"An ever-intriguing writer."
"A genuine talent."



The Last Pause Is The Longest

There are two kinds of silence in this world.
And no-one knew that better than Harold Pinter.
Beckett may have started it, but it was
Pinter who made the pregnant pause his own.
‘The Homecoming’ contains 224 of them.
‘The Caretaker’, by comparison, a mere 149.
I don’t owe it all to this son of a Jewish tailor,
but I certainly owe him a lion’s share.
I saw him that once in the flesh; leaving his seat
following the posthumous premiere
of my friend’s suicide-note of a stageplay.
He was taller than I’d pictured him.
With a stature befitting of a Nobel laureate.
The black cells were in his gullet even then;
steadily multiplying, though not yet diagnosed.
How I wish now that I'd asked to shake his hand.
Afterall, in the end it’s all about the ferret
under the cocktail cabinet. Or is it a weasel?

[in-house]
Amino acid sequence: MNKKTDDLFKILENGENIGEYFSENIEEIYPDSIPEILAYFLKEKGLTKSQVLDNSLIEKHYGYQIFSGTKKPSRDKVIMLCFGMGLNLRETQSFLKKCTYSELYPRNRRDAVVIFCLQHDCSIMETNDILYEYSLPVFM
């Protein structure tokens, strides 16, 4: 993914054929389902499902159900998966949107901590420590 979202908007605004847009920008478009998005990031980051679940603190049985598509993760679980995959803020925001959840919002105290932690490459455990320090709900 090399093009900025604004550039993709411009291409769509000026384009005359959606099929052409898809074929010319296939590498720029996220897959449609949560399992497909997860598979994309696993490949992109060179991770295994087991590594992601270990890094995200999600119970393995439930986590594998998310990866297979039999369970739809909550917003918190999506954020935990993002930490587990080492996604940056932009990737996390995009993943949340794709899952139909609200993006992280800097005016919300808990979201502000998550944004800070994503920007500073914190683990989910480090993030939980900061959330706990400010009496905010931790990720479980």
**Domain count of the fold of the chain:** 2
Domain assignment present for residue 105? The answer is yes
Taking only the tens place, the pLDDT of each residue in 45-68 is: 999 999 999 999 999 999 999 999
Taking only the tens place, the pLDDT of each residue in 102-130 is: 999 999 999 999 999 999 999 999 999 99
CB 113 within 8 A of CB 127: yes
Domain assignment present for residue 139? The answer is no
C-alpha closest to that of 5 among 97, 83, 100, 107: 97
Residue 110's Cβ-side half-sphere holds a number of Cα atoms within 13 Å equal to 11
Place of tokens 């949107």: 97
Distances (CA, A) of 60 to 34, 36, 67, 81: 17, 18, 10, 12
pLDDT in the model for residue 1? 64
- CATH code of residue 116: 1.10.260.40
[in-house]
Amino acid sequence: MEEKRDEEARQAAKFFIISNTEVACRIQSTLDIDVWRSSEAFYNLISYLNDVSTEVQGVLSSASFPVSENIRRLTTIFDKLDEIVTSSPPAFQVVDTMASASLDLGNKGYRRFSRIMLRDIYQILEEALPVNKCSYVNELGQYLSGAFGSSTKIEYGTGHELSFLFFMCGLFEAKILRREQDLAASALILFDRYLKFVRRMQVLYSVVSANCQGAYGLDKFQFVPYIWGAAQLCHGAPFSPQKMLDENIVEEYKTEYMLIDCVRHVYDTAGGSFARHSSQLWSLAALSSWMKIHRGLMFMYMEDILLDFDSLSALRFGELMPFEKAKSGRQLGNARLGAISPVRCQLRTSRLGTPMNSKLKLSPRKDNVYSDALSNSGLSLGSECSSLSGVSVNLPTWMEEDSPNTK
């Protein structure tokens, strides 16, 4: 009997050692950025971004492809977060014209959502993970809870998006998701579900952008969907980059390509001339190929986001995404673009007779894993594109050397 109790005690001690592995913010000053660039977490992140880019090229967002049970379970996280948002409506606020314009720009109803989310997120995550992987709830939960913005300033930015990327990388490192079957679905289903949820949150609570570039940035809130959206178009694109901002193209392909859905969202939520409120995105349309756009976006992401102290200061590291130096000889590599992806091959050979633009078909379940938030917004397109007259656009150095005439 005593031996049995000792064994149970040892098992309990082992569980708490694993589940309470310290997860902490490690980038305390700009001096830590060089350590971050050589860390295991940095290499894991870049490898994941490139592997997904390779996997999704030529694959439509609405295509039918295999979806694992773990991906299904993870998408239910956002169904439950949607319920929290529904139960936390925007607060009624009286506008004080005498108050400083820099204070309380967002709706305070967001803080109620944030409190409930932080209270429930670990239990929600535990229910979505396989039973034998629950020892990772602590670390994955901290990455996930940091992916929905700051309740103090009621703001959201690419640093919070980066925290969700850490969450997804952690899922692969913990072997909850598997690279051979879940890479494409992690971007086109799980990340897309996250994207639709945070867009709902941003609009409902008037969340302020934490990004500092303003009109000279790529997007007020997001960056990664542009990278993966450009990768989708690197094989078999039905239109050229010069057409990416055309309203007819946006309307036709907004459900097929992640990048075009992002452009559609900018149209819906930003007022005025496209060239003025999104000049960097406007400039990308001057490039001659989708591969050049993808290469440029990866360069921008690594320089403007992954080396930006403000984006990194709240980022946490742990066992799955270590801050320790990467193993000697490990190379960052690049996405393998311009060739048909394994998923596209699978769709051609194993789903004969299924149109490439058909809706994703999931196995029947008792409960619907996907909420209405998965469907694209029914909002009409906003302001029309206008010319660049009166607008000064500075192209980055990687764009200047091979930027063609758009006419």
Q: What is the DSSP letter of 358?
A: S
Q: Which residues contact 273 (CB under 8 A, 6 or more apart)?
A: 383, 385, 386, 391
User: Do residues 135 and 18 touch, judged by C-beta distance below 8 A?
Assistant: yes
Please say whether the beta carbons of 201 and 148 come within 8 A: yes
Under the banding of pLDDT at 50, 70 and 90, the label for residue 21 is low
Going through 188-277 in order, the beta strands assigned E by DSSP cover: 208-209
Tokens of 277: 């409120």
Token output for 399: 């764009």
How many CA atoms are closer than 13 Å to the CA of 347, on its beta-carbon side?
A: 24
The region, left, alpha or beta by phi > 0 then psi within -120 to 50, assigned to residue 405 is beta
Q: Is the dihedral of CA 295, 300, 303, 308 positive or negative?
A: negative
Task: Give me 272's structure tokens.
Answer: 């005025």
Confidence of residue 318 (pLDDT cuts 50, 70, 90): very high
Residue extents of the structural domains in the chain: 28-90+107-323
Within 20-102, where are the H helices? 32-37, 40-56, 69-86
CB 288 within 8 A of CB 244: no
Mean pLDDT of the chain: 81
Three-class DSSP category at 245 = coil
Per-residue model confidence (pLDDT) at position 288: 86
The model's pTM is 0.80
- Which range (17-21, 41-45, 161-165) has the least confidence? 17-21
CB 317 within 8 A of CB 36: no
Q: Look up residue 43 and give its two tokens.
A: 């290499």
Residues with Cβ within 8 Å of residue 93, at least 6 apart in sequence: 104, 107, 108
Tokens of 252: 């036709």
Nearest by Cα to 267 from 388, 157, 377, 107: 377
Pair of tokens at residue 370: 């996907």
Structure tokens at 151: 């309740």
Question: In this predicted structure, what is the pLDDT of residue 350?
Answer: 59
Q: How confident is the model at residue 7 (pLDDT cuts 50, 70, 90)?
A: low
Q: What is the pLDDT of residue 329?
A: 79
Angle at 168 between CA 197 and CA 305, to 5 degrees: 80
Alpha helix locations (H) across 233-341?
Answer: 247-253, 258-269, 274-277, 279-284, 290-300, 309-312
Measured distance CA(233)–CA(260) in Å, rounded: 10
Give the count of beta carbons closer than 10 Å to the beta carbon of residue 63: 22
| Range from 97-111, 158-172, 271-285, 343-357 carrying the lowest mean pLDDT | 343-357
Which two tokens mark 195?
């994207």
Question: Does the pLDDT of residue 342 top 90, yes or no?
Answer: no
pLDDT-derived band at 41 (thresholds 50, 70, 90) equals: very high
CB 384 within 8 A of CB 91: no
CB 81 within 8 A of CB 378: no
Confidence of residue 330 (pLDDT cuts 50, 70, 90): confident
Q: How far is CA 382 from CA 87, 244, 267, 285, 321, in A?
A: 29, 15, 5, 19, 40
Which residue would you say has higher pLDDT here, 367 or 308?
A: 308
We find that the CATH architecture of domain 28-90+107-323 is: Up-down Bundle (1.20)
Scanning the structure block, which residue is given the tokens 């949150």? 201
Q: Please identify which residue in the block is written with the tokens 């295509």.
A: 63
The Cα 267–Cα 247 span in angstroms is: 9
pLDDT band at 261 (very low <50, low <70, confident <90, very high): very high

Blackout. Curtain. Applause.

Harold Pinter: official website



My Own Private Guernica

Snow falls upon the Sierra de Guadarrama.
Shadows lengthen in the afternoon sun.
I could have gone to see Picasso’s ‘Guernica’ today,
but I just can’t face that capacious canvas right now.
I’m not really in the mood for abstracted strategic bombing.
I feel shot-thru with enough symbolic shrapnel as it is.
Instead I’m stood here, watching the street-walkers on the corner.
Counting the number of imported cigarettes smoked.
Counting the number of tricks turned.
The bull is just a bull. The dying horse is just a dying horse.
The inverted hidden harlequins are just inverted hidden harlequins.
I could have gone to see ‘The Garden Of Earthly Delights’ triptych.
Or ‘The Black Goyas’ (painted at home by a half-mad old deaf man),
but best I stay right here, partly hidden by the heavy curtains.
Collecting dust on my eyeballs. Slowly bleeding out.
A lemming on a clifftop.
A kitten in a gunny-sack.
I open the sallyport and close
the first door firmly behind me.
My white flag is unfurling.
I can feel my toes beginning to curl under.

Pablo Picasso's 'Guernica'

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